Is there going to be a General Election this Autumn? No.
No, most of the evidence says not (unless the Darling Chancellor knows more about the economy than he is telling… but we can trust him, can't we?). That doesn't stop Mr Frown from having JOLLY FUN teasing us all along with his will-he won't- he act, though.
By now we are expecting him to appear on television during the middle of Mr Balloon's speech to the Conservatory Conference:
"Right, now that I've bug… jiggered Balloon's media coverage, I can tell you the answer is NO! ho ho!"
This would be PRETTY STUPID as the media would get quite cross and they'd still be able to play Mr Balloon's speech on the DVD recorder. But it would not be ENTIRELY untypical of saucy prankster Mr Frown's sense of humour: who can forget the JOLLY JAPE he played on Mr Balloon back in the budget – robbing from the poor to pay for a 2p tax cut for everyone else, and Mr Balloon falling right for it.
To an extent, of course, the media only have themselves to blame. If they are going to ask silly questions like "are you going to call an election this week" then OBVIOUSLY they can only expect Mr Frown to hem and haw. After all, if he said "no" then he'd be stuck answering the same question every week until June 3rd 2010. Or, actually, seven days before then (since if he's not called one before 26th May 2010 he's DEFINITELY got to call one in the next week).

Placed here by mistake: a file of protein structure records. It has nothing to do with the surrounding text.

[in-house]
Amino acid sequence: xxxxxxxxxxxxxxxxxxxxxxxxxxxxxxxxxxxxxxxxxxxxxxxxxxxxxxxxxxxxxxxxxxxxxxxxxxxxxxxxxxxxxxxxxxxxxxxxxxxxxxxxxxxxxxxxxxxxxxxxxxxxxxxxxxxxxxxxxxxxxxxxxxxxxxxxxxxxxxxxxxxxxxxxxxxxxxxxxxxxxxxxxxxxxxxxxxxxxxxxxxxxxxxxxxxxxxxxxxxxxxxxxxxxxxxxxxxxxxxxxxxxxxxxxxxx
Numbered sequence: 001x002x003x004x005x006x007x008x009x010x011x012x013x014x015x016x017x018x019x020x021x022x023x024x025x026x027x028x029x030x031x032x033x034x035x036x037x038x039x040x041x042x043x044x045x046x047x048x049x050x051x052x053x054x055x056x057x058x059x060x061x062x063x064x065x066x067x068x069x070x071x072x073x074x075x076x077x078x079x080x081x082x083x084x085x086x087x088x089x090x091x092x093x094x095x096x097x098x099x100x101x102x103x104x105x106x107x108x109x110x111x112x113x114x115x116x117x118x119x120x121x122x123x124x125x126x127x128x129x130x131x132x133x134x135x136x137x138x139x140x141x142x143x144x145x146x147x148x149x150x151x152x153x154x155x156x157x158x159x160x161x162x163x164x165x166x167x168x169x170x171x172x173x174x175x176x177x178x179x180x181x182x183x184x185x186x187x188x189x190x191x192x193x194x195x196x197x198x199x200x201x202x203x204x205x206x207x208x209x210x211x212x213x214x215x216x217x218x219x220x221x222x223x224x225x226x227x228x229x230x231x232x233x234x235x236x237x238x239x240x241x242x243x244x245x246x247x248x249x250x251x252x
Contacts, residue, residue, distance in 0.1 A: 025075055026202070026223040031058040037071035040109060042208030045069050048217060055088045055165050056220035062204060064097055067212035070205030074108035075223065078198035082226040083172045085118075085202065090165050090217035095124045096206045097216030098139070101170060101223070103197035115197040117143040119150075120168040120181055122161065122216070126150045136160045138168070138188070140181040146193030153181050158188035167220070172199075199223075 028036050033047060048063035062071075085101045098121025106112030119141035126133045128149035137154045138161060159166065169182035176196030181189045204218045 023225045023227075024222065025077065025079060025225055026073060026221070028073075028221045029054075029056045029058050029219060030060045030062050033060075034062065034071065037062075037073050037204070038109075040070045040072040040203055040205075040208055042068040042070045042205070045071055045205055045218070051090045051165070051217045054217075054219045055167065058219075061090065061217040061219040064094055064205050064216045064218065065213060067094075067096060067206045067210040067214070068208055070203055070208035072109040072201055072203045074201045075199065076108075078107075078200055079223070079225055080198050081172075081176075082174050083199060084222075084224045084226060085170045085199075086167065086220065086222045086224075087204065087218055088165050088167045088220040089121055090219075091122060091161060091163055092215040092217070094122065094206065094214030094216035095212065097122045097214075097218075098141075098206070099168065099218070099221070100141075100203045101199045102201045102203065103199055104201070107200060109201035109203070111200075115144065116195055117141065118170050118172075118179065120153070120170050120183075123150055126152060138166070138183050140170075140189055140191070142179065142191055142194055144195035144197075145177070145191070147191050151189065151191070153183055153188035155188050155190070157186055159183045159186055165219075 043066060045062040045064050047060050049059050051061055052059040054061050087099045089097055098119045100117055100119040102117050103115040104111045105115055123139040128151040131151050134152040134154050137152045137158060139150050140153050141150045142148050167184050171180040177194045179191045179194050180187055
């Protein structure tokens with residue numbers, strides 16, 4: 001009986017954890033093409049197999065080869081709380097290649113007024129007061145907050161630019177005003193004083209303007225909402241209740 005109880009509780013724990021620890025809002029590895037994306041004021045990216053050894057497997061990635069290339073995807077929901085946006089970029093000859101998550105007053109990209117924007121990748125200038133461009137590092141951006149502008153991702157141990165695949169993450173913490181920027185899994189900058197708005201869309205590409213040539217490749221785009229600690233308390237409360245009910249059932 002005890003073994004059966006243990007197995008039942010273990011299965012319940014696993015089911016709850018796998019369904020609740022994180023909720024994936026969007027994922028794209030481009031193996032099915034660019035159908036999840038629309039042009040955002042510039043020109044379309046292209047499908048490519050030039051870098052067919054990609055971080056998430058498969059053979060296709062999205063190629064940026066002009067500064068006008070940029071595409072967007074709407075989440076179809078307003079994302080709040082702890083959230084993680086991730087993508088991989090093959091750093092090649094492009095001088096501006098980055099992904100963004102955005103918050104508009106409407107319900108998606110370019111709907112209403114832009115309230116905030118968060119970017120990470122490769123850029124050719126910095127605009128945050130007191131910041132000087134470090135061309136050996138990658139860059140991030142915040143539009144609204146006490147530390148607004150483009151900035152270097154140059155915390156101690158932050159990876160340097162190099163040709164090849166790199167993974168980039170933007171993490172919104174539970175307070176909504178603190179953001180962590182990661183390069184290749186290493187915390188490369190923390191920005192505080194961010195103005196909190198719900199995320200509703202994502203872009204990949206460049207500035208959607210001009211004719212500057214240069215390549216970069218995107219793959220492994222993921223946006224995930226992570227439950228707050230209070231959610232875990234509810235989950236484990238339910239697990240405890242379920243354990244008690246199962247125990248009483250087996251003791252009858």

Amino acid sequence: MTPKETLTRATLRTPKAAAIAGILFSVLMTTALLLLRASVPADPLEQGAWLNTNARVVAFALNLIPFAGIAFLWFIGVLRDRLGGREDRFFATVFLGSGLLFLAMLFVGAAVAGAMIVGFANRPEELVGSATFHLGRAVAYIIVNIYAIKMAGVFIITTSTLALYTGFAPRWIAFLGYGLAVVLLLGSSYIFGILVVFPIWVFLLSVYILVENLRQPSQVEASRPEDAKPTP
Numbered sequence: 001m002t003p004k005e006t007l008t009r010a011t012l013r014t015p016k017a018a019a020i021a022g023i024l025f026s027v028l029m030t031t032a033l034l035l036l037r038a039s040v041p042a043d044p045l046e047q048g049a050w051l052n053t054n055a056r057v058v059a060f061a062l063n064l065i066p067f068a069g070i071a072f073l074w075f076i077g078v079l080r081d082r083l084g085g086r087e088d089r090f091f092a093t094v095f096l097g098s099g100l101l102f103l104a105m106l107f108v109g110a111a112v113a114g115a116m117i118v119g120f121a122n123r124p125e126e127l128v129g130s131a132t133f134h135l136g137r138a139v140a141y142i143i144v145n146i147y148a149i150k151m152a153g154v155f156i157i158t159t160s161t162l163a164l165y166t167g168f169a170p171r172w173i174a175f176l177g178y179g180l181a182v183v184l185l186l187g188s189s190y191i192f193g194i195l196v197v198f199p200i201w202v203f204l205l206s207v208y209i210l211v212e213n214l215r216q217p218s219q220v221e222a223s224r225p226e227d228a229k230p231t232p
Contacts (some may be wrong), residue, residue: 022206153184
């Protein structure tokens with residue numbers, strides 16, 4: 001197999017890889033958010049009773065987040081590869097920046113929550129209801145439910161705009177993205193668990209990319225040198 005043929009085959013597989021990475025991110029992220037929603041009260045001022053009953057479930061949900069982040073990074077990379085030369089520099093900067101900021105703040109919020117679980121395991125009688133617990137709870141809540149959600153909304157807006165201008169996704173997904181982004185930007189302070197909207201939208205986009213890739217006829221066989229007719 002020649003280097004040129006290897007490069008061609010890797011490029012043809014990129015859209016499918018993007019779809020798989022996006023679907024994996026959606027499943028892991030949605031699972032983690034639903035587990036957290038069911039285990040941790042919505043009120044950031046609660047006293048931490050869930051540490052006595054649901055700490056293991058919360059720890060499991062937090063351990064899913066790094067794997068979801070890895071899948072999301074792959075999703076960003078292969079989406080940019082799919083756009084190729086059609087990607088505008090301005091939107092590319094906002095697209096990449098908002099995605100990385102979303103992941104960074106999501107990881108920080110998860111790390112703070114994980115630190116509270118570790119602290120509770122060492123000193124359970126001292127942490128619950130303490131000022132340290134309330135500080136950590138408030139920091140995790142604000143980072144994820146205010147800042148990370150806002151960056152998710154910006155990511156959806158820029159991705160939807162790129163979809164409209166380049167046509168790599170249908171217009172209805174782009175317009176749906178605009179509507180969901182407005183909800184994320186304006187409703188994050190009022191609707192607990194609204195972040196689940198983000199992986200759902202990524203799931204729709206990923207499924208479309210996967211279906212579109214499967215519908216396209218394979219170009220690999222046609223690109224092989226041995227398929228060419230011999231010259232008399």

This actually reminds me of an old PARADOX – Mr Frown promises that he will call a SURPRISE election one week sometime between now and the end of the Parliamentary Session. Well, that means that he could call it in ANY week… except the last one, because if it got to the last week then it would not be a surprise.
So, what he's ACTUALLY saying is he'll call a surprise election sometime between now and A WEEK BEFORE the end of the Parliamentary Session. Except that means he cannot call it in the last but one week either, since by then it would not be a surprise either.
So, what he's ACTUALLY actually saying is he'll call a surprise election sometime between now and TWO weeks before the end of the Parliamentary Session… and so on and so on… so in fact, he can't call a SURPRISE election in ANY week between now and the end of the Parliamentary Session… so he must call one right now!
But then that won't be a surprise either.